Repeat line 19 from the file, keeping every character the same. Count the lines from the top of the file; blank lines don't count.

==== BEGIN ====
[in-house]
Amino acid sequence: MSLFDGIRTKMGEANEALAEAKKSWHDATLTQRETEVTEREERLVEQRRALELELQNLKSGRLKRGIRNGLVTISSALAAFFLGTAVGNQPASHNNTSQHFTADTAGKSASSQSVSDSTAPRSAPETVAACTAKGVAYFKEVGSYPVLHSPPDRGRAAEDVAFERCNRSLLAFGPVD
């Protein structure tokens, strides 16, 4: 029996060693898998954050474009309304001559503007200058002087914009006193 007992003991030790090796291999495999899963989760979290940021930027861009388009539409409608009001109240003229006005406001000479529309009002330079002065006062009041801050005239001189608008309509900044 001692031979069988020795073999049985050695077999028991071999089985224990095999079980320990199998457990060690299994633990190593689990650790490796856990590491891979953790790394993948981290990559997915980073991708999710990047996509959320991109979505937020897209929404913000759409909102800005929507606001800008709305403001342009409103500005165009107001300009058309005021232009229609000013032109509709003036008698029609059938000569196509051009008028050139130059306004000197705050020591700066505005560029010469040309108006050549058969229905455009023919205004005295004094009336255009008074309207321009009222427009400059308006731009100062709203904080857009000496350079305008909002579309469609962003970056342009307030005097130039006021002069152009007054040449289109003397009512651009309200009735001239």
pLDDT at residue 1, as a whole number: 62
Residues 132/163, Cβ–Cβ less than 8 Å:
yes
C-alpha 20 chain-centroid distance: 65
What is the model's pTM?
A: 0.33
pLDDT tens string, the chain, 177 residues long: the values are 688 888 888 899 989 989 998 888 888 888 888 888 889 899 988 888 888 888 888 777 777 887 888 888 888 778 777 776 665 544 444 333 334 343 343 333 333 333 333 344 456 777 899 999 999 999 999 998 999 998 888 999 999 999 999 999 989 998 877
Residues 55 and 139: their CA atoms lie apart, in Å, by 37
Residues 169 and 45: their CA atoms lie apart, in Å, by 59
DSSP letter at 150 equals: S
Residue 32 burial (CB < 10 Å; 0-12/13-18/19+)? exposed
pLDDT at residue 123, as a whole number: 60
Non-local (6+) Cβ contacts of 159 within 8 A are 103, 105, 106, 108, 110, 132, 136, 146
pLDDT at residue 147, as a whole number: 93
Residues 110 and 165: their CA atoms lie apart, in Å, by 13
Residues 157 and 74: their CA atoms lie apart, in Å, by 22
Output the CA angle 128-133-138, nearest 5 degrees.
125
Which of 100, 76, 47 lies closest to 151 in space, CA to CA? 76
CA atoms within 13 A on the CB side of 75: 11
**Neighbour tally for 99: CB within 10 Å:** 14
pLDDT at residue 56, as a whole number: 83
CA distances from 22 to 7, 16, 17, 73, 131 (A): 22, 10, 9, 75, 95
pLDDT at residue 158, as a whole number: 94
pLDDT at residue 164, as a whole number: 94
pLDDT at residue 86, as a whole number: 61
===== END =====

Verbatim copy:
Residues 157 and 74: their CA atoms lie apart, in Å, by 22